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Tutorial 1 janowski wimmer Tutorial 1 janowski wimmer Document Transcript

  • 29.09.2011 Tutorial: Electronic Governance for Sustainable Development (EGOV4SD) Example of collaborative Policy DevelopmentTomasz Janowskitj@iist.unu.eduMaria A. Wimmerwimmer@uni-koblenz.deAgenda Towards open government in policy making The OCOPOMO project New initiative: eGovPoliNet – The Policy Community2 Tutorial 1: Electronic Governance for Sustainable Development (EGOV4SD) © Tomasz Janowski and Maria A. Wimmer 1
  • 29.09.2011Dealing with Complexity andDynamics in a Global Society Today’s global challenges are interconnected, dynamic and complex in nature Policies to address these challenges having strong impact on the well-being of societies and economies Dealing with complexity a key success factor for good governance in the 21st century Policy makers must be able to cope with unwanted side effects from environmental changes and dynamics Constituency / Citizenship no more just accepting what politicians decide3 Tutorial 1: Electronic Governance for Sustainable Development (EGOV4SD) © Tomasz Janowski and Maria A. WimmerGood Governance Principles asStarting Point Good governance principles refer to approaches and guidelines for good governance and public administration to promote interaction and formation of political will with regard to societal and technological changes Five principles for good governance set by the EC Openness Participation Accountability Effectiveness Coherence http://eur-lex.europa.eu/LexUriServ/site/en/com/2001/com2001_0428en01.pdf4 Tutorial 1: Electronic Governance for Sustainable Development (EGOV4SD) © Tomasz Janowski and Maria A. Wimmer 2
  • 29.09.2011Open Government Principles ofOECD Accountability it is possible to identify and hold public officials to account for their actions Transparency reliable, relevant and timely information about the activities of government is available to the public Openness governments listen to citizens and businesses and take their suggestions into account when designing and implementing public policiesOpen Government: Fostering Dialogue with Civil Society. OECD Study, 20035 Tutorial 1: Electronic Governance for Sustainable Development (EGOV4SD) © Tomasz Janowski and Maria A. WimmerTowards Open and InclusivePolicy Making Demand for integration of e-government, e-participation and e-governance OECD study states: “open and inclusive policy making offers one way to improve policy performance and meet citizens rising expectations. Public engagement in the design and delivery of public policy and services can help governments better understand people’s needs, leverage a wider pool of information and resources, improve compliance, constrain costs and reduce the risk of conflict and delays downstream” “Focus on Citizens: Public Engagement for Better Policy and Services” OECD Studies on Public Engagement, OECD Publishing, 20096 Tutorial 1: Electronic Governance for Sustainable Development (EGOV4SD) © Tomasz Janowski and Maria A. Wimmer 3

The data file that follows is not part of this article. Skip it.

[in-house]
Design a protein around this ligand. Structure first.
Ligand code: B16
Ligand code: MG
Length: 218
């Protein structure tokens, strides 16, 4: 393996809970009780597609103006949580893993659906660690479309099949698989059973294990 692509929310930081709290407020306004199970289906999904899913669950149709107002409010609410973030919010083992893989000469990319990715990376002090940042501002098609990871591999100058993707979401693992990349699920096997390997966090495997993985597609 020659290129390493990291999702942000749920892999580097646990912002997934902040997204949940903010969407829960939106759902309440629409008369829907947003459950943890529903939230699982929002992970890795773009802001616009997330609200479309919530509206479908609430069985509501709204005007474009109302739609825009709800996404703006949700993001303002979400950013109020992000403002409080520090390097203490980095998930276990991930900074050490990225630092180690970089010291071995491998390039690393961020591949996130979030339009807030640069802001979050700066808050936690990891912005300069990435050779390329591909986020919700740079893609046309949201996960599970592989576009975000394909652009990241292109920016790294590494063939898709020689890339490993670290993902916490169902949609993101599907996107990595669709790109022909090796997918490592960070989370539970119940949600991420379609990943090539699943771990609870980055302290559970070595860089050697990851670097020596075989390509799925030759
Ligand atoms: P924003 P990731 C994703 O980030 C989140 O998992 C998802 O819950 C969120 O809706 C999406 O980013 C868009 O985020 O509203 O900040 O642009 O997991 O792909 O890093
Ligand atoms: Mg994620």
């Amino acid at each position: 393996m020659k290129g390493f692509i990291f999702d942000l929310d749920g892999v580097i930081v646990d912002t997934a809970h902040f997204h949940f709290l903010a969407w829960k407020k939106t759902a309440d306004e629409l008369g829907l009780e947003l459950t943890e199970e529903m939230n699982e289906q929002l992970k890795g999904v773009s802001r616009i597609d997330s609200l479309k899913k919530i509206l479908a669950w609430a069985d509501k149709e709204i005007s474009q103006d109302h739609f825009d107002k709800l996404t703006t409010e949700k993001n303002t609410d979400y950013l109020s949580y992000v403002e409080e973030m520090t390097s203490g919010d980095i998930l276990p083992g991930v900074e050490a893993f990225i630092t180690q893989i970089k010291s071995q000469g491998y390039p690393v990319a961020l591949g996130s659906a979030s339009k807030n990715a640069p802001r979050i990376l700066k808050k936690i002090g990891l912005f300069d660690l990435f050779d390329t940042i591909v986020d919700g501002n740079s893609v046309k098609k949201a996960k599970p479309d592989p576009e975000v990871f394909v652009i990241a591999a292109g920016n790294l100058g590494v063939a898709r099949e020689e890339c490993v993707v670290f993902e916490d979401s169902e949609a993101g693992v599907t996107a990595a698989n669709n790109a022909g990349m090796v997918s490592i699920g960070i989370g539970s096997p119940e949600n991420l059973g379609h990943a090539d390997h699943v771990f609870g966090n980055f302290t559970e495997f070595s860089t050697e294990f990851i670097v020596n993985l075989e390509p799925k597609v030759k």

• 29.09.2011Open and Inclusive Policy Making Enhances transparency and accountability, public participation and builds civic capacity Offers a way for governments to improve their policy performance by working with citizens, civil society organisations, businesses and other stakeholders to deliver concrete improvements in policy outcomes and quality of public services “Focus on Citizens: Public Engagement for Better Policy and Services” OECD Studies on Public Engagement, OECD Publishing, 20097 Tutorial 1: Electronic Governance for Sustainable Development (EGOV4SD) © Tomasz Janowski and Maria A. Wimmer What is a “public policy”? Some example … 4
  • 29.09.2011Public Engagement: Conditio-sine-qua-non for Effective Public Governance The government stake Cannot alone deal with complex global and domestic challenges, such as climate change Face hard trade-offs, such as responding to rising demands for better quality of public services despite tight budgets Need to work with their citizens and other stakeholders to find solutions The citizen stake More educated, well-informed and less deferential citizens judge their governments on “democratic performance” and “policy performance”9 Tutorial 1: Electronic Governance for Sustainable Development (EGOV4SD) © Tomasz Janowski and Maria A. Wimmer What current challenges in collaborative policy development do you see? 5
  • 29.09.2011Agenda Towards open government in policy making The OCOPOMO project New initiative: eGovPoliNet – The Policy Community11 Tutorial 1: Electronic Governance for Sustainable Development (EGOV4SD) © Tomasz Janowski and Maria A. WimmerCurrent Challenges in PolicyMaking Appropriate ICT support in policy planning not deployed widely Management of complexity in strategy and policy formation Development, visualisation and simulation of appropriate policy models usually done by experts black-box approach Lack of open collaboration and therewith transparency in identifying the crucial features of complex social environments to inform policy models Online participation means not yet deployed widely in strategic decision making12 © OCOPOMO consortium, www.ocopomo.eu 6